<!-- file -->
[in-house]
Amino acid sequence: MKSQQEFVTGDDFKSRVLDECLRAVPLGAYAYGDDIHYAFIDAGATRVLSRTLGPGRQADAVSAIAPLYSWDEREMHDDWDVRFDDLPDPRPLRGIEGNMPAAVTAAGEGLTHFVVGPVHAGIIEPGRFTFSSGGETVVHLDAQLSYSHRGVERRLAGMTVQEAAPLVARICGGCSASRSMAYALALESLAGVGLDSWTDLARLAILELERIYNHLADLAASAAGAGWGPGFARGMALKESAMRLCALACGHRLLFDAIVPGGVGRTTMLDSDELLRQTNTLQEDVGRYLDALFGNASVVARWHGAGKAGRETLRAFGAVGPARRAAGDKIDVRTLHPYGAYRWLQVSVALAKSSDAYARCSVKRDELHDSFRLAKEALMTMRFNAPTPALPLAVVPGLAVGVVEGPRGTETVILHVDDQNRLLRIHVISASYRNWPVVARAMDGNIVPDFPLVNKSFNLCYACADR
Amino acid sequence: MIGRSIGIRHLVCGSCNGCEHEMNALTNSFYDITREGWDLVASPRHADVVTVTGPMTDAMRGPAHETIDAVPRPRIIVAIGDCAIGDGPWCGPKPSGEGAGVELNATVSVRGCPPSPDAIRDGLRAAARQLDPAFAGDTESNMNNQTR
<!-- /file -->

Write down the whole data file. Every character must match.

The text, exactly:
[in-house]
Amino acid sequence: MKSQQEFVTGDDFKSRVLDECLRAVPLGAYAYGDDIHYAFIDAGATRVLSRTLGPGRQADAVSAIAPLYSWDEREMHDDWDVRFDDLPDPRPLRGIEGNMPAAVTAAGEGLTHFVVGPVHAGIIEPGRFTFSSGGETVVHLDAQLSYSHRGVERRLAGMTVQEAAPLVARICGGCSASRSMAYALALESLAGVGLDSWTDLARLAILELERIYNHLADLAASAAGAGWGPGFARGMALKESAMRLCALACGHRLLFDAIVPGGVGRTTMLDSDELLRQTNTLQEDVGRYLDALFGNASVVARWHGAGKAGRETLRAFGAVGPARRAAGDKIDVRTLHPYGAYRWLQVSVALAKSSDAYARCSVKRDELHDSFRLAKEALMTMRFNAPTPALPLAVVPGLAVGVVEGPRGTETVILHVDDQNRLLRIHVISASYRNWPVVARAMDGNIVPDFPLVNKSFNLCYACADR
Amino acid sequence: MIGRSIGIRHLVCGSCNGCEHEMNALTNSFYDITREGWDLVASPRHADVVTVTGPMTDAMRGPAHETIDAVPRPRIIVAIGDCAIGDGPWCGPKPSGEGAGVELNATVSVRGCPPSPDAIRDGLRAAARQLDPAFAGDTESNMNNQTR